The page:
Hail damage is a significant risk to homes, autos, and other property owned by your clients. Like other forms of weather damage, it is typically covered in some way by a homeowner’s insurance policy. The application of coverage varies depending on the state and nature of the policy. Agents should carefully check the policies of their clients to ensure they have sufficient coverage for wind and hail damage.

Here are four questions to consider during hail coverage discussions with your clients:

When and where is hail the greatest risk? Hail damage most commonly occurs during the warm months of the spring and summer. This is due to the increase in thunderstorm activity caused by higher temperatures and humidity.

According to a 2017 report by Verisk, hail activity is most concentrated in Midwestern states such as Texas, Illinois, and Kansas.

That same report revealed the staggering scale of hail damage, with over 10.7 million homes and properties reporting hail damage in 2017. Even conservative estimates place the total cost of damage in the billions.

Does my client need additional insurance (beyond homeowners) to protect against hail damage?

If your client is NOT covered for wind/hail damage, they should consider getting coverage either through homeowners or a specialized wind and hail coverage policy.

While these policies are often provided through state agencies, there are specialized options on the market for more nuanced coverage needs.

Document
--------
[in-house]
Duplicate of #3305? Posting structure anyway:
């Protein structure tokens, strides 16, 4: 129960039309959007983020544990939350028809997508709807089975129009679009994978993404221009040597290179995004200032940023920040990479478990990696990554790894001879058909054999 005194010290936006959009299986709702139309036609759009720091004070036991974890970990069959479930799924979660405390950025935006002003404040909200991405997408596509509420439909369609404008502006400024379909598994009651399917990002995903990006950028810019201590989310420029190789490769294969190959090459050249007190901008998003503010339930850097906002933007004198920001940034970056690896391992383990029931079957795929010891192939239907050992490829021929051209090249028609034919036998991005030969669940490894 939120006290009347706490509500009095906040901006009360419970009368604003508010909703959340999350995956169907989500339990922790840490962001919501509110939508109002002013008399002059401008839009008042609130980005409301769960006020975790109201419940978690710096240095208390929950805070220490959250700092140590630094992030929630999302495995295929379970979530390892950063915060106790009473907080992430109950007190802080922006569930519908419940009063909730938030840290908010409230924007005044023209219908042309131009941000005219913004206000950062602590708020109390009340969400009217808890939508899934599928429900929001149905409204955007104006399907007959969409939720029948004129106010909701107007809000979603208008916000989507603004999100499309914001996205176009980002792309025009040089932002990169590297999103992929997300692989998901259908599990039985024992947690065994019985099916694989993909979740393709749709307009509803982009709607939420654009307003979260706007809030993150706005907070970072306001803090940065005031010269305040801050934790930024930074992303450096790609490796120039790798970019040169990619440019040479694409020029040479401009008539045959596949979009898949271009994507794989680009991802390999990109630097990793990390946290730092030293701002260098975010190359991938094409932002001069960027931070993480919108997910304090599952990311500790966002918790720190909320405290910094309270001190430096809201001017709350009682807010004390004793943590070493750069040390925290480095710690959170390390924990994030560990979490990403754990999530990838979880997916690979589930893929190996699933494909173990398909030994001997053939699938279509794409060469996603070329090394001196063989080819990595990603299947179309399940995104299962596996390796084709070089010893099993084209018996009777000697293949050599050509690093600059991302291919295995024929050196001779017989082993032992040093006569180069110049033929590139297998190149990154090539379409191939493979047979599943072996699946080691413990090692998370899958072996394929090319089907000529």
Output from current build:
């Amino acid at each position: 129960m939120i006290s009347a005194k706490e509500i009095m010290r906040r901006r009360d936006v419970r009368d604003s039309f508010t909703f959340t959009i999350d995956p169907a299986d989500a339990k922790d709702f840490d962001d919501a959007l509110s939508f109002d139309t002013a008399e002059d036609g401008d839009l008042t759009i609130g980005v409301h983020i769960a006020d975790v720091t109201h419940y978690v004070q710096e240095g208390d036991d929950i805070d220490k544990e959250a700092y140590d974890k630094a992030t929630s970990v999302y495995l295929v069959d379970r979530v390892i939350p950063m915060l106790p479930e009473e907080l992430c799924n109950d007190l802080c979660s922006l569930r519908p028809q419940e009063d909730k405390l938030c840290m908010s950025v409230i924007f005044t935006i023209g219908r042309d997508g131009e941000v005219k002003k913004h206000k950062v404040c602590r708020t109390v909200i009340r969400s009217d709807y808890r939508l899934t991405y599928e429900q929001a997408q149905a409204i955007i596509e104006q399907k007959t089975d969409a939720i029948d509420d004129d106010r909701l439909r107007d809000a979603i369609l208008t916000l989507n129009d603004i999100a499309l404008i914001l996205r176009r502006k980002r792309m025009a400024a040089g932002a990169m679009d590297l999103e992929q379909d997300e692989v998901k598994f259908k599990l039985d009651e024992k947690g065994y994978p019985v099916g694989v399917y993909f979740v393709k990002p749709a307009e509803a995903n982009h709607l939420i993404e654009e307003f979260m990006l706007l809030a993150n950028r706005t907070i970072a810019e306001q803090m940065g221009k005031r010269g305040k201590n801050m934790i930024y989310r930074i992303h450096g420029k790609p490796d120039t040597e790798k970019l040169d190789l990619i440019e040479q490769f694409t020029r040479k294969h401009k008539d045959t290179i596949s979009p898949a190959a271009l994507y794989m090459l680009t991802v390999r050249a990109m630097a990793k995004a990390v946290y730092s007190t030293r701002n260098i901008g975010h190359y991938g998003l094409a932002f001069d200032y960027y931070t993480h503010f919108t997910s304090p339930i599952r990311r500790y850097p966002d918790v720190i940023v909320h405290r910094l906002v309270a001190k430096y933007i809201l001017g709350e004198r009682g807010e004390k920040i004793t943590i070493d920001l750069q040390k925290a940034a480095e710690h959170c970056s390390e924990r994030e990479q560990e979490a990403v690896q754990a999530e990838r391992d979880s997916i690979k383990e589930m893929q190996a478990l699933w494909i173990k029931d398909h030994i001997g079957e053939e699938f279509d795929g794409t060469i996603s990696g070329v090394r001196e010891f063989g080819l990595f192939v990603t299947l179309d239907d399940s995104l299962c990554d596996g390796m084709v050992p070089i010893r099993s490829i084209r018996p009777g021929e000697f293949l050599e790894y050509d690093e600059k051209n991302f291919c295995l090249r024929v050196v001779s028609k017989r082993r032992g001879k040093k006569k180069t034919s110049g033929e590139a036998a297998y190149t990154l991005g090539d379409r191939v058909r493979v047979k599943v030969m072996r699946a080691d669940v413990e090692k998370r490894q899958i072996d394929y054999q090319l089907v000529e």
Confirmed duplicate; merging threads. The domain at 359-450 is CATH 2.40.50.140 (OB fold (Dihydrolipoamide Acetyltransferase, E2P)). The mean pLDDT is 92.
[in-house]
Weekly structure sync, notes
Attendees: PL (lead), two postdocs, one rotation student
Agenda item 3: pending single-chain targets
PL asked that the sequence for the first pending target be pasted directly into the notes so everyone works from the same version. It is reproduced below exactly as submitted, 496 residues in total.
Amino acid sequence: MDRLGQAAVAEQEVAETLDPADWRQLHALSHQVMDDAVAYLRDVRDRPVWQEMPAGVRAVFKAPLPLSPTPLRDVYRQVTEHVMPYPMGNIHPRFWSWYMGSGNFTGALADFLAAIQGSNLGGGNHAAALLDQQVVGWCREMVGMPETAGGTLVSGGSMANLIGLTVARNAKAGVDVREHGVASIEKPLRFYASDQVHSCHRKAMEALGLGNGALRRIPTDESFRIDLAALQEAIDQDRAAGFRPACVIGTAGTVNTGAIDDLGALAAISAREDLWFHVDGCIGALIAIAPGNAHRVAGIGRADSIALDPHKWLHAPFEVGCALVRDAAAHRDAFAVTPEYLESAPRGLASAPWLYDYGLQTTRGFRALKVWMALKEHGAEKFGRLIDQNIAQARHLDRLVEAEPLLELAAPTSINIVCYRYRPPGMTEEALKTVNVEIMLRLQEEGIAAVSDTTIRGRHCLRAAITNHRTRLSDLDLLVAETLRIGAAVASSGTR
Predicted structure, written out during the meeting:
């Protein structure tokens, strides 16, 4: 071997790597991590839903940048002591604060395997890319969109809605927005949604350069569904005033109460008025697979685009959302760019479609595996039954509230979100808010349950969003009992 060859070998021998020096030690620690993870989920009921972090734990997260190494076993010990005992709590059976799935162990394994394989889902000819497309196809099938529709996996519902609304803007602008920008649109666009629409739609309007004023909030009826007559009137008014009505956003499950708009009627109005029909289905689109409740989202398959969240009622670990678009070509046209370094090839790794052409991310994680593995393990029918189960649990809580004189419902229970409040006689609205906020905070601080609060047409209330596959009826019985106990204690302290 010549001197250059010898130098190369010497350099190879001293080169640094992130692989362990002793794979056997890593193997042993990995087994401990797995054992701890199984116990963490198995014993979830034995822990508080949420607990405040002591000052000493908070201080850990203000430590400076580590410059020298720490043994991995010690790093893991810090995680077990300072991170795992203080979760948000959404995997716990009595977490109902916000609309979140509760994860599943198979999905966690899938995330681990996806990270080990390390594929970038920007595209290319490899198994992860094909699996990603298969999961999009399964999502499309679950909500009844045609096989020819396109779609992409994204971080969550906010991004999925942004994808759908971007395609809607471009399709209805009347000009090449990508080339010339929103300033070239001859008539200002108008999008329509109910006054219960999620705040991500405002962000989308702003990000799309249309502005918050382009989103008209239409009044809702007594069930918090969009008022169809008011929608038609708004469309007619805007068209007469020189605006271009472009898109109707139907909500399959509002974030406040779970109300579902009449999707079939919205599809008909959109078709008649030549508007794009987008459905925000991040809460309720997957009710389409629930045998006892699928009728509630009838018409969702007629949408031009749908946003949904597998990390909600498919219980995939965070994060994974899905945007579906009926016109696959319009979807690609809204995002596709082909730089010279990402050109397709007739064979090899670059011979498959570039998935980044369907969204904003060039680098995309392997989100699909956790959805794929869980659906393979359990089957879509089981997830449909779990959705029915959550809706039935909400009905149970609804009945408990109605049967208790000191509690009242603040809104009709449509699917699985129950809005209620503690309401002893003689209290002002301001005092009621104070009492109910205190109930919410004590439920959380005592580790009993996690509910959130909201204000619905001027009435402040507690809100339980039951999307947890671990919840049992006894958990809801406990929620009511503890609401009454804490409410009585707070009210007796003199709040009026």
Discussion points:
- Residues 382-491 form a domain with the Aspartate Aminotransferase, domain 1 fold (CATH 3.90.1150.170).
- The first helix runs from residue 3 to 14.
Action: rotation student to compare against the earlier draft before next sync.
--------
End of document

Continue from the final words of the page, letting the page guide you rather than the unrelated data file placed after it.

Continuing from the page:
Can hail damage be prevented? Existing structural damage can be exacerbated by hail, so you want to keep your home in tip-top shape.

Start by inspecting the current state of your home, paying particular attention to skylights and roof fixtures. Damage and age may make these areas particularly vulnerable to hail damage.

It’s also advisable to install a hail-resistant roof. While there isn’t a material which is completely impervious to hail, class 4 shingles and other roofing made of metal and synthetic slate are more resistant to impact damage.

Most importantly, your clients need the right insurance to cover the costs of repairs as well as any liability from injuries during the repair process.

How does coverage for hail damage vary among policies?

1. Coverage typically does not rise due to hail damage occurring, but clients in hail prone areas typically pay higher premiums due to the increased risk.  Hail is an act of nature, so insureds won’t be penalized by their insurance for its occurrence on a case by case basis. However, your client should expect to pay a higher premium or deductible in hail prone areas.

2. Hail claims often have percent based deductibles. Depending on the level of risk, a deductible may be as high as 5% of the insured value of the home. Advise your clients to carefully consider the payout and deductible structure of their policy to ensure they make a decision which fits their needs.

3. Cosmetic damage may not be covered. Major storms like Hurricane Katrina pushed the insurance industry to create exclusions for cosmetic damage in their policies.

If the damage is purely aesthetic and causes no functional issues, the insured’s policy may exclude it from coverage.

Agents should carefully review policies with their clients to ensure they understand the scale and limitations of their hail damage coverage.

Our team here at Risk Innovations can work with you to create a policy that  matches the unique needs of your clients. Reach out today to get connected with one of our experts!